- If you’re sure, we recommend starting with additional moisture regarding than starting with protein.
So you’ve figured out the type of hair breakage you have, what’s next?
Hair that’s thrown off balance by too much protein will easily break when wet or dry because it has no elasticity. Elasticity is the hair’s ability to be stretched, manipulated, and styled without breaking.
If your hair breaks with little stretching or tension, then this is a sign that there is an overabundance of proteins and very little moisture.
When your hair is in this state, any form of tension or stretching will cause your hair to break since the protein only adds structure to the hair. Excessive protein structure will only make your hair rigid, decreasing its elasticity.
The result is brittle hair that’s prone to breakage. This is the problem with Keisha’s hair. Keisha was using more protein treatments than necessary to maintain a healthy balance.
If this is a description of your hair, read carefully. To reverse this imbalance, all you need to do is implement a deep moisturizing and conditioning regimen.
Protein-induced breakage can take a couple of weeks to repair. This type of breakage will often require very intensive treatment and conditioning compared to moisture-induced breakage issues.
Protein-induced breakage is by far one of the most common and most aggressive types of damage. It’s much easier to overload your hair with protein and cause breakage than it is to overload your hair with moisture and cause breakage.
That’s why if you aren’t sure what’s causing your hair to break, it is advisable that you try and give your hair moisture initially. Depending on the level of breakage, a moisture-based regimen may need to be followed for a few weeks.
We recommend that you deep clean your hair with clarifying shampoo to remove product build-up from your hair. After clarifying, you can use a 30-to-45 minute deep conditioning treatment once or twice a week.
Apply water-based moisturizers to your hair on a daily basis (focus on the ends on the ends of your hair). Limit the use of products with “hidden” proteins like leave-in conditioners, gels, certain moisturizers, and instant conditioners.
Several commonly used hair products contain protein, so try to avoid these products for a few weeks until your hair’s moisture levels balance out.
What Should You Do When Your Hair’s Balance Is Thrown off by Excess Moisture?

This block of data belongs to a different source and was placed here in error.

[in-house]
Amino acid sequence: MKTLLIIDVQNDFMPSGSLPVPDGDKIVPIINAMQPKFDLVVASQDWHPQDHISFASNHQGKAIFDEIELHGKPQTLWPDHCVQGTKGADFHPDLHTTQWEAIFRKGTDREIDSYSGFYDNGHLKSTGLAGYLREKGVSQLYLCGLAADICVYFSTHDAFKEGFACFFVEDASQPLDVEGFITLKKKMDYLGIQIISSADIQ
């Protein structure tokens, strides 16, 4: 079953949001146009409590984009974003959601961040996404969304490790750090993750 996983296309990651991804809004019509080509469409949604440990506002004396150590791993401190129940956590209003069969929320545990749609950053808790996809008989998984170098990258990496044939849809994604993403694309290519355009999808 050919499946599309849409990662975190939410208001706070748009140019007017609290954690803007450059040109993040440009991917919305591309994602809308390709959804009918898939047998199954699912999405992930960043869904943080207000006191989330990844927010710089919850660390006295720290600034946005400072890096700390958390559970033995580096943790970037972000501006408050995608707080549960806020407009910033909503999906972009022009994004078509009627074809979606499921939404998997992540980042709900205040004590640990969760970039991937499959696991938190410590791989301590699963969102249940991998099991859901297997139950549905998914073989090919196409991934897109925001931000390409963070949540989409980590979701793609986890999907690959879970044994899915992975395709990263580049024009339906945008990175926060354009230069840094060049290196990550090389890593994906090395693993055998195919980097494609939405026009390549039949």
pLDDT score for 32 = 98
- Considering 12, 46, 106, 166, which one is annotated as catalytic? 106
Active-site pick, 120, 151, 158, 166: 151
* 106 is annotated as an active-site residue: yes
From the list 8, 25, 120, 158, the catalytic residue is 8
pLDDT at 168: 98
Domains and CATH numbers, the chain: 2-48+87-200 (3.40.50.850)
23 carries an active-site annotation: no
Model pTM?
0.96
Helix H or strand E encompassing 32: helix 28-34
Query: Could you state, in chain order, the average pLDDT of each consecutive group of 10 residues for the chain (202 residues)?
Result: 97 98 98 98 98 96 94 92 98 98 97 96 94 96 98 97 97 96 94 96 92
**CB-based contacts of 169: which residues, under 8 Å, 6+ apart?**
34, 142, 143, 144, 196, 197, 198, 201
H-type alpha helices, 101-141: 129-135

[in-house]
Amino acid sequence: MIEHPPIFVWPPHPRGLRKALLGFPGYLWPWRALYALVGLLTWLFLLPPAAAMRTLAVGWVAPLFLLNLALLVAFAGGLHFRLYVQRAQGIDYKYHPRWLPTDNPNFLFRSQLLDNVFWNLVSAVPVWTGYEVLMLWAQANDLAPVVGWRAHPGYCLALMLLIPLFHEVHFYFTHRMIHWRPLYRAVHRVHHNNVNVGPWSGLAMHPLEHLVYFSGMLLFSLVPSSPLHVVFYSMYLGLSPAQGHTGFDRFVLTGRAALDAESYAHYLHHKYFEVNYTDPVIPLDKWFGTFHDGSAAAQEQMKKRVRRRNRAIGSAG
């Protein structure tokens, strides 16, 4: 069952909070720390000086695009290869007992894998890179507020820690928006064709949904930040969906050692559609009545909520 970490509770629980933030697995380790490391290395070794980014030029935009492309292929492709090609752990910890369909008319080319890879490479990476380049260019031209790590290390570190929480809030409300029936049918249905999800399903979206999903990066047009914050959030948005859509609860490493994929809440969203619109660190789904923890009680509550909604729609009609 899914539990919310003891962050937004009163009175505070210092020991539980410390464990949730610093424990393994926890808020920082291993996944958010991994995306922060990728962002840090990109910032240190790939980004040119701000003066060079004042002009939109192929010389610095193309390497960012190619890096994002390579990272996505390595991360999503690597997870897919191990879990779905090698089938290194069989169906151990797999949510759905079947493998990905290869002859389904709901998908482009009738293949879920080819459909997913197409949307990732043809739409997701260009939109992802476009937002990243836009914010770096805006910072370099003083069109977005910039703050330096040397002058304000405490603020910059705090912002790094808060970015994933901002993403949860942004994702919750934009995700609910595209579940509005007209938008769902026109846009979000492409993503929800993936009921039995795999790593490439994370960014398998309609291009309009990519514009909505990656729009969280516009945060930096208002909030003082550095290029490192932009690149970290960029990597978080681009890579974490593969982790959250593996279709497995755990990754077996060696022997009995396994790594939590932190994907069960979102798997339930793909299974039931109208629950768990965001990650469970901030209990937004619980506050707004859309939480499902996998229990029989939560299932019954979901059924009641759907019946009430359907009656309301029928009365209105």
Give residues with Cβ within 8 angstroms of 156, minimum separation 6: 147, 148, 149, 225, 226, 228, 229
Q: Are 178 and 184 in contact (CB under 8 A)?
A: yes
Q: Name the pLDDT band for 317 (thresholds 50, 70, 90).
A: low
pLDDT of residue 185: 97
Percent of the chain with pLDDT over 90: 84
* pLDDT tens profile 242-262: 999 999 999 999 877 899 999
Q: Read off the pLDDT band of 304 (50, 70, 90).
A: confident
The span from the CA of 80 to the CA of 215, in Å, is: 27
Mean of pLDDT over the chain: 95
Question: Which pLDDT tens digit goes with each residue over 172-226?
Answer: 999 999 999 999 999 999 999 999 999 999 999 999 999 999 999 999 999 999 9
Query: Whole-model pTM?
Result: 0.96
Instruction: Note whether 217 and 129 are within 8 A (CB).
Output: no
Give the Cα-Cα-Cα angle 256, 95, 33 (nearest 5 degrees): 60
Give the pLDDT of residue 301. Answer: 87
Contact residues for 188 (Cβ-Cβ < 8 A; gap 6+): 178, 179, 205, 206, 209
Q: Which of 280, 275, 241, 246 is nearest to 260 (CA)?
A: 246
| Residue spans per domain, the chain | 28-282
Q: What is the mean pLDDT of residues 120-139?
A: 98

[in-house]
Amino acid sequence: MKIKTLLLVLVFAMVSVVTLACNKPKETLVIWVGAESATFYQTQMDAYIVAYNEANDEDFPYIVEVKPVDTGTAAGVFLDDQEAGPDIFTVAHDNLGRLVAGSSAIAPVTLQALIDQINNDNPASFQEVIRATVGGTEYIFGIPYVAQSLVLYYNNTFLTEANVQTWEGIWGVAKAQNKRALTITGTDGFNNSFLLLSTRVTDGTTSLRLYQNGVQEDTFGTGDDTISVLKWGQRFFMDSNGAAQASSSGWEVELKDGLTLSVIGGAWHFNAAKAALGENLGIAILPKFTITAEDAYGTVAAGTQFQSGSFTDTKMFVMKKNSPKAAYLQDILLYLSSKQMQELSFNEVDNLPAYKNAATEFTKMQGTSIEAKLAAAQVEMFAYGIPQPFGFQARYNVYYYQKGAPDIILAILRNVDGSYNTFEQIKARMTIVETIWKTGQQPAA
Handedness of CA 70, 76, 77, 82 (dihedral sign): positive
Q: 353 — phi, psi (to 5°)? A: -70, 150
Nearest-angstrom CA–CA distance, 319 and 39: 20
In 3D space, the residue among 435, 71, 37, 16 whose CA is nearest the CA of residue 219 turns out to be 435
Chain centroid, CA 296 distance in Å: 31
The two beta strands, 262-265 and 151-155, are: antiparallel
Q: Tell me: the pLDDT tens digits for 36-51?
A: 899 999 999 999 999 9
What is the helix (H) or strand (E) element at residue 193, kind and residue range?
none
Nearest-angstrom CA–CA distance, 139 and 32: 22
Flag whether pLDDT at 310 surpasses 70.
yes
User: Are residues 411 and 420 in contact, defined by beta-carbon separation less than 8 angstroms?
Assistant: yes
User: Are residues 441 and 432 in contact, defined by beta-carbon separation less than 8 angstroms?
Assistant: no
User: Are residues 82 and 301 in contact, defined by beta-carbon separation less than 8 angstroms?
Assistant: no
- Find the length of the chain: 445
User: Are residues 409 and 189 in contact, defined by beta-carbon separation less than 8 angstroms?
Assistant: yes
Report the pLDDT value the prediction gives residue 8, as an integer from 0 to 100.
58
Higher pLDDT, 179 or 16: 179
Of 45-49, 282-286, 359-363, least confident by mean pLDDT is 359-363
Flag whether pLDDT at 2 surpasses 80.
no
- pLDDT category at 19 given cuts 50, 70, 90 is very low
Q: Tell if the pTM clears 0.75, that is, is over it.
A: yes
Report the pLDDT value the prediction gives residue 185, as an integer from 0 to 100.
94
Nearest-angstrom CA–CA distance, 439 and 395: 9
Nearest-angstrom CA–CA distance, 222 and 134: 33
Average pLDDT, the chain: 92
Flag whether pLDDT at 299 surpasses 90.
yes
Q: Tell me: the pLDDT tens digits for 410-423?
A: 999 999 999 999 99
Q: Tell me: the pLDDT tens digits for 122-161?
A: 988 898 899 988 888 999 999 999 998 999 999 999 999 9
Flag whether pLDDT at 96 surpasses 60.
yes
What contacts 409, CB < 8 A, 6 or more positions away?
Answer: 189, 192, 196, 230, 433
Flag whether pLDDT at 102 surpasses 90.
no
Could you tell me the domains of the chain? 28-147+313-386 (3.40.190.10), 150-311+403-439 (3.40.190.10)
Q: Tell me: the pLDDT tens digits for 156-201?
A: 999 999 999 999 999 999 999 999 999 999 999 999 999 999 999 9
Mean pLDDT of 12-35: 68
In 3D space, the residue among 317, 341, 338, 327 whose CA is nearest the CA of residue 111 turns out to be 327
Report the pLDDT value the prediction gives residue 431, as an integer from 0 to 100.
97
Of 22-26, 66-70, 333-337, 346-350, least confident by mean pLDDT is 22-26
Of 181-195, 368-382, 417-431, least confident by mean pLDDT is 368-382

Don’t be surprised! There’s such a thing as ‘over-conditioning’ your hair and Brittany learned this the hard way.
Hair that’s thrown off balance by having too much moisture will usually end up becoming ‘super-elastic,’ stretching more because it lacks a substantial protein structure.
Most people describe over-moisturized or over-conditioned hair as “mush-like” or having an “overly-soft” feel to it when wet.
Over moisturized hair has a spongy, limp, weak feel. Hair that is protein-deficient will tend to stretch and pull with a comb before breaking.
It’ll always stretch before breaking because it has low structural protein levels and unnecessarily excessive amounts of moisture.
If this describes the condition of your hair, read carefully.
To resolve this issue, you’ll need to add more protein to your regimen to give your hair structure.
Moisture-induced breakage is generally corrected in a single protein deep-conditioning session, with milder cases only requiring you to moisturize your hair twice-a-day with protein-and-water-based moisturizers to fix the problem.
For mild moisture-induced hair breakage, Aphogee 2-minute Keratin Reconstructor usually works well.
For moderate to heavy moisture-induced hair breakage, use a moderate protein conditioner such as Organic Root Stimulator Mayo on your hair for 20-to-30 minutes before rinsing.
For long-standing or serious forms of moisture-induced hair breakage, we recommend using heavier protein treatments such as Aphogee Treatment for Damaged Hair.
In the event your hair stretches without breakage, you should still consider using light protein products to correct the problem.
When hair stretches, this causes the strands to become thinner, leaving them in a weaker condition. This will compromise their integrity and leaving them susceptible to breakages at some point.
Healthy hair should spring back to its original position.
If it stretches and stretches without breaking, it could be a way of your hair telling you that it needs a little structure (more proteins) since it’s become too elastic but not to the point of breaking, so you need to do something before it is too late.
That is where preventive maintenance applications of protein come into the picture. You do not have to wait until breakage starts happening. Your hair already has warned you.
So, start light and simple and conduct wet hair assessments along the way.
Should I Schedule Protein Treatments in Advance?
Some people prefer scheduling moderate protein conditioning treatments, but we don’t recommend using protein treatments on a specific schedule.